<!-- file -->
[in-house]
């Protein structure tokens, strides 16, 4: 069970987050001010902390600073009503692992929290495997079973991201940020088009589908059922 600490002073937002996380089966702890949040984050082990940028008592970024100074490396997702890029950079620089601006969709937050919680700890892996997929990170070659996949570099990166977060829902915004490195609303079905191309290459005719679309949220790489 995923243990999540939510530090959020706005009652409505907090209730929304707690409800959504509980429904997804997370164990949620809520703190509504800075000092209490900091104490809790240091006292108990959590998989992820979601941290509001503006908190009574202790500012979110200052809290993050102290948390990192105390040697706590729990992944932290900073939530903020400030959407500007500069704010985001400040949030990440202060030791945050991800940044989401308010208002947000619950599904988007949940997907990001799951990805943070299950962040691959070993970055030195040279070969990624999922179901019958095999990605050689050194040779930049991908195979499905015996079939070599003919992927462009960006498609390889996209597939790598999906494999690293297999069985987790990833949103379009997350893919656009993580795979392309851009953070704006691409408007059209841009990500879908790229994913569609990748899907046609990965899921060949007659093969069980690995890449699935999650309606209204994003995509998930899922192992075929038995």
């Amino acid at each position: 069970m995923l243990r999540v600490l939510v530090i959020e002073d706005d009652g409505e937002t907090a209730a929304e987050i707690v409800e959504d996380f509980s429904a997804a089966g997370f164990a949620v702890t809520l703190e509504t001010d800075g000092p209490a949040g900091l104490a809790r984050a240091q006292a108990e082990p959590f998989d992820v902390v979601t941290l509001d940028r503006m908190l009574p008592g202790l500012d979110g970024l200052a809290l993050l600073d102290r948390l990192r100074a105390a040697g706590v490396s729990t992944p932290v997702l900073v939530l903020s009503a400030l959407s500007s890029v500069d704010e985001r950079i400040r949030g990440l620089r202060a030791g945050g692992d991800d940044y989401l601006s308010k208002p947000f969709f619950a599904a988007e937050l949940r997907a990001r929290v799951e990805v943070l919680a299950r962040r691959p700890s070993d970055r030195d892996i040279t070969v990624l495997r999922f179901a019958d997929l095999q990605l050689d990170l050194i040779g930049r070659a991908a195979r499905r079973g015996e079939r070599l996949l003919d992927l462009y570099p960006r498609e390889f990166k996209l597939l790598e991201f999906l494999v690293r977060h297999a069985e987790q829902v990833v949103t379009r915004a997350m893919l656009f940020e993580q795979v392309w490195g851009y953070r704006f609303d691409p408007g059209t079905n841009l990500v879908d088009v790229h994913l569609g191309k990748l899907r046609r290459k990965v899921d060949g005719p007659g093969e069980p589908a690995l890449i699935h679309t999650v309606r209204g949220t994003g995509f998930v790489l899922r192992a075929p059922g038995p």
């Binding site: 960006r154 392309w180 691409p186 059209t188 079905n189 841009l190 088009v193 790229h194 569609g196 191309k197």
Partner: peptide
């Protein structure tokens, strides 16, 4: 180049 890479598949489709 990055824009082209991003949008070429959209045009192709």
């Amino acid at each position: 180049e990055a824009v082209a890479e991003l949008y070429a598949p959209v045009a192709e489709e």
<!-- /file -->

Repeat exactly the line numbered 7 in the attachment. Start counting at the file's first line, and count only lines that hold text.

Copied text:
């Amino acid at each position: 180049e990055a824009v082209a890479e991003l949008y070429a598949p959209v045009a192709e489709e």